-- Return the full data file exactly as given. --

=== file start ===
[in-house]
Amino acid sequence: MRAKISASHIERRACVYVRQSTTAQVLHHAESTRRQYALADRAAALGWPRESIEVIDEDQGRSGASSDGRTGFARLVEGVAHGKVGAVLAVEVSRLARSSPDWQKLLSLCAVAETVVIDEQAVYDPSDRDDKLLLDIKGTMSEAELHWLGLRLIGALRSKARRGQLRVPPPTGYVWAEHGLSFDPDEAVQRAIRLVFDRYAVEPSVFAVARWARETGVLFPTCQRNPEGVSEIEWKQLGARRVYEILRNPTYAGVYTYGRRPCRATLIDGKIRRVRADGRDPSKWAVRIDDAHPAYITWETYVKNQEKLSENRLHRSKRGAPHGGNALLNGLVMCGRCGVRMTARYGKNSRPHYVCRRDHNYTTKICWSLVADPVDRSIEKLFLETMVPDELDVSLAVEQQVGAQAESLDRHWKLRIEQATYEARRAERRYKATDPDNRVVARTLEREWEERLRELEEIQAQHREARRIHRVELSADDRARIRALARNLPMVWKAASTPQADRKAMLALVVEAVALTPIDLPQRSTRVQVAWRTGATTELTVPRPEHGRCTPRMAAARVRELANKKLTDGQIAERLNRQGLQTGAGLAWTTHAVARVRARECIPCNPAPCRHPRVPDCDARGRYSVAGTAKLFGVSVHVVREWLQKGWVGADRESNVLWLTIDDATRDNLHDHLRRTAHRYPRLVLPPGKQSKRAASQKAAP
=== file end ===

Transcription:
[in-house]
Amino acid sequence: MRAKISASHIERRACVYVRQSTTAQVLHHAESTRRQYALADRAAALGWPRESIEVIDEDQGRSGASSDGRTGFARLVEGVAHGKVGAVLAVEVSRLARSSPDWQKLLSLCAVAETVVIDEQAVYDPSDRDDKLLLDIKGTMSEAELHWLGLRLIGALRSKARRGQLRVPPPTGYVWAEHGLSFDPDEAVQRAIRLVFDRYAVEPSVFAVARWARETGVLFPTCQRNPEGVSEIEWKQLGARRVYEILRNPTYAGVYTYGRRPCRATLIDGKIRRVRADGRDPSKWAVRIDDAHPAYITWETYVKNQEKLSENRLHRSKRGAPHGGNALLNGLVMCGRCGVRMTARYGKNSRPHYVCRRDHNYTTKICWSLVADPVDRSIEKLFLETMVPDELDVSLAVEQQVGAQAESLDRHWKLRIEQATYEARRAERRYKATDPDNRVVARTLEREWEERLRELEEIQAQHREARRIHRVELSADDRARIRALARNLPMVWKAASTPQADRKAMLALVVEAVALTPIDLPQRSTRVQVAWRTGATTELTVPRPEHGRCTPRMAAARVRELANKKLTDGQIAERLNRQGLQTGAGLAWTTHAVARVRARECIPCNPAPCRHPRVPDCDARGRYSVAGTAKLFGVSVHVVREWLQKGWVGADRESNVLWLTIDDATRDNLHDHLRRTAHRYPRLVLPPGKQSKRAASQKAAP